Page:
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Flashcards in Lawyer Roles & Third Party Communications Deck (20)
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In rendering advice, are lawyers allowed to refer to non-legal considerations (ex. moral, social)?

Yes, lawyers shall exercise independent professional judgment and render candid advice. This includes referring to relevant moral, economic, social, or political factors.

Rule 2.1



May a lawyer provide an evaluation of a matter affecting a client for the use of a third person?

Yes, if the lawyer reasonably believes that making the evaluation is compatible with other aspects of the lawyer’s relationship with the client.

Rule 2.3(a)

⚠️ Note: If the lawyer knows (or reasonably should know), that the evaluation is likely to affect the client's interests materially and adversely, the lawyer shall not provide the evaluation unless the client gives informed consent. Rule 2.3(b)


Is information relating to an evaluation subject to the rules of confidentiality?

Yes, unless disclosure is required in connection with a report of an evaluation.

Rule 2.3(c)


What is a lawyer required to do when serving as a third-party neutral (arbitrator, mediator)?

Inform the unrepresented parties that the lawyer is not representing them. If the lawyer knows or suspects that the parties do not understand the lawyer's role as the abritrator/mediator, then the lawyer must explain the difference between their role and lawyer's role as one who represents a client.

Rule 2.4(b)


Can a prosecutor make an extrajudicial comment that has a substantial likelihood of heightening public condemnation of the accused?

Except for statements that are necessary to inform the public of the nature and extent of the prosecutor's action and that serve a legitimate law enforcement purpose, these type of statements can only be made after the trial.

Rule 3.8(f)


What does a prosecutor need to do when presented with new exculpatory evidence after conviction that is clear and convincing?

  1. Promptly disclose that evidence to an appropriate court or authority, and
  2. If the conviction was obtained in the prosecutor’s jurisdiction,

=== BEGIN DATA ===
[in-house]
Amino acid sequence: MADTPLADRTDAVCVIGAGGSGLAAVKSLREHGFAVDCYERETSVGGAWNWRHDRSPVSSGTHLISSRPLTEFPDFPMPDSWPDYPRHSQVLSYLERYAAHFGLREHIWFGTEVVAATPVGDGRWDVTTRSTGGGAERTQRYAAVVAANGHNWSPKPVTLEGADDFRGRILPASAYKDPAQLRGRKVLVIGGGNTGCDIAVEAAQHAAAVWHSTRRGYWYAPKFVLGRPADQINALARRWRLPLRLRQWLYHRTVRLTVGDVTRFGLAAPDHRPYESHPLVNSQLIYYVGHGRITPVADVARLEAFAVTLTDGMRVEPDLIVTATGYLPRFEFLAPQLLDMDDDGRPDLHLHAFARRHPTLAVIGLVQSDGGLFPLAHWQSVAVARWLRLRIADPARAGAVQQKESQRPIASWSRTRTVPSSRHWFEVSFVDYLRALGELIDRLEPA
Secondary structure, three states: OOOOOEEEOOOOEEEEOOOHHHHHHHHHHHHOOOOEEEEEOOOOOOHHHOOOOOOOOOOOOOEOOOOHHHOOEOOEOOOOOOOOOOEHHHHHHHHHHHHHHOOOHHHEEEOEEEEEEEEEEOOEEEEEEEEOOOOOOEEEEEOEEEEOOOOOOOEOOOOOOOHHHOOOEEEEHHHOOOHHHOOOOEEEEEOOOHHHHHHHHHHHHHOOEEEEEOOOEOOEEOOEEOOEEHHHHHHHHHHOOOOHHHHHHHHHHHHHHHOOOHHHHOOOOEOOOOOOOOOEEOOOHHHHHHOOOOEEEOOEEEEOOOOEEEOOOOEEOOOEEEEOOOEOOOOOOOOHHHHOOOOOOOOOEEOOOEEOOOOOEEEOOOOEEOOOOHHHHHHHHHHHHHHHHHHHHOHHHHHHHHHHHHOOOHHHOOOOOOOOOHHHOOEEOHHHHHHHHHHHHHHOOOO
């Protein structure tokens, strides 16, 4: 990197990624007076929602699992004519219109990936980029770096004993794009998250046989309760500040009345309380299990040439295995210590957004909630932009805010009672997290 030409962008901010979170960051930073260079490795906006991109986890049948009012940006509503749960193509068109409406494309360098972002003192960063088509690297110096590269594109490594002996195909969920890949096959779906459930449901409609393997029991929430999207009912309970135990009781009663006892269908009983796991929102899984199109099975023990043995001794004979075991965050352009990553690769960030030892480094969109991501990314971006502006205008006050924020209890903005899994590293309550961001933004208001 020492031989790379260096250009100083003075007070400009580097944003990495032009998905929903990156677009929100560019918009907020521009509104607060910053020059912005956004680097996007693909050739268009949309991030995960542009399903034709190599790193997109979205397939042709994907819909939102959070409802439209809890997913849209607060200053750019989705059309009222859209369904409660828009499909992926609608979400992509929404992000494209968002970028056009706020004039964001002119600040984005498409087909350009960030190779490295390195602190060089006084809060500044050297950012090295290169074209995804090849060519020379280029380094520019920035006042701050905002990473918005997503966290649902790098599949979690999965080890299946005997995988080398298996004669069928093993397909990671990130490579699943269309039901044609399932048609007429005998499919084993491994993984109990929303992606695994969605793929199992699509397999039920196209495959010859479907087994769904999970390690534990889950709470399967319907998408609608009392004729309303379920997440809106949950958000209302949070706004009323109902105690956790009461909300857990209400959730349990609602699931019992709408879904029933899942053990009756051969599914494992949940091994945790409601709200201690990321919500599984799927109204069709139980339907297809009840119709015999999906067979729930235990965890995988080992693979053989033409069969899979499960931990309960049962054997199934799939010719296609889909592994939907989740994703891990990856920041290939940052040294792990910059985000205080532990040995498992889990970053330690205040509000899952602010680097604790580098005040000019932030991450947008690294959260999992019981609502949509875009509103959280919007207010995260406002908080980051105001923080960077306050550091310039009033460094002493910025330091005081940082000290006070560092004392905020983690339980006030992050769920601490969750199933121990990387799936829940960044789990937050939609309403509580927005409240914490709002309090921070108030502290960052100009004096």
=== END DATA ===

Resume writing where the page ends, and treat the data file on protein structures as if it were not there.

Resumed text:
• Promptly disclose that evidence to the defendant unless a court authorizes delay, and
    • Undertake further investigation, or make reasonable efforts to cause an investigation, to determine whether the defendant was convicted of an offense that the defendant did not commit

Rule 3.8(g)


Can a prosecutor bring a charge that isn't supported by probable cause?


Can a prosecutor subpoena a lawyer in a grand jury or other criminal proceeding to present evidence about a past or present client?

No, unless the prosecutor reasonably believes:

  1. The information sought is not protected from disclosure by any applicable privilege;
  2. The evidence sought is essential to the successful completion of an ongoing investigation or prosecution; and
  3. There is no other feasible alternative to obtain the information

Rule 3.8(e)


Does the prosecutor need to disclose exculpatory evidence to the defense?

Yes, must make a timely disclosure to the defense of all evidence or information known to the prosecutor that tends to negate the guilt of the accused or mitigates the offense.

Rule 3.8(d)


True or false: The prosecution does not have an obligation to assure that the accused has been advised of the right to, and the procedure for obtaining, counsel and has been given reasonable opportunity to obtain counsel.

False. The prosecution must make reasonable efforts. Rule 3.8(b).


What must a prosecutor do if they know of clear and convincing evidence establishing that a defendant in the prosecutor’s jurisdiction was convicted of an offense that they did not commit?

Seek to remedy the conviction. Rule 3.8(h).



A lawyer representing a client before a legislative body or administrative agency in a nonadjudicative proceeding must do what?

Disclose that the appearance is in a representative capacity and shall conform to the provisions of Rules 3.3(a-c), 3.4(a-c), and 3.5.

Rule 3.9


True or false: A lawyer can make false statement of material fact or law to a third person to prevent a client's reputational harm.

False. Rule 4.1.


Can an attorney knowingly fail to disclose a material fact to a third person?

No, when the disclosure is necessary to avoid assisting a criminal or fraudulent act by a client.

Rule 4.1(b).


Can a lawyer communicate with a person who the lawyer knows is represented by another lawyer?

No, unless the lawyer has the consent of the other lawyer or is authorized to do so by law or a court order.

Rule 4.2


In dealing on behalf of a client, how should a lawyer deal with an unrepresented person?

The lawyer shall not state or imply that the lawyer is disinterested. If the lawyers knows or should know that the person is confused about the lawyer's role, they shall make reasonable efforts to correct the misunderstanding.

Rule 4.3


Can a lawyer give legal advice to an unrepresented person?

No, the lawyer cannot give legal advice, beyond the advice to secure counsel, if the lawyer knows or reasonably should know that the person's interests are possibly adverse to the client's.

Rule 4.3


What should a lawyer do if they receive a document that they know, or should reasonably know, was sent inadvertently?

Promptly notify the sender in order to permit that person to take protective measures.

Rule 4.4, comment 2


If a lawyer receives a document that was sent inadvertently, do they need to delete or return the document?

Unless required by law, the decision to voluntarily return a document or delete electronically stored information is a matter of professional judgment ordinarily reserved to the lawyer.

Rule 4.4, comment 3


Does sending a document inadvertently constitute waiver of privilege?

Not addressed by the Rules, a matter for the court to decide.

Rule 4.4, comment 2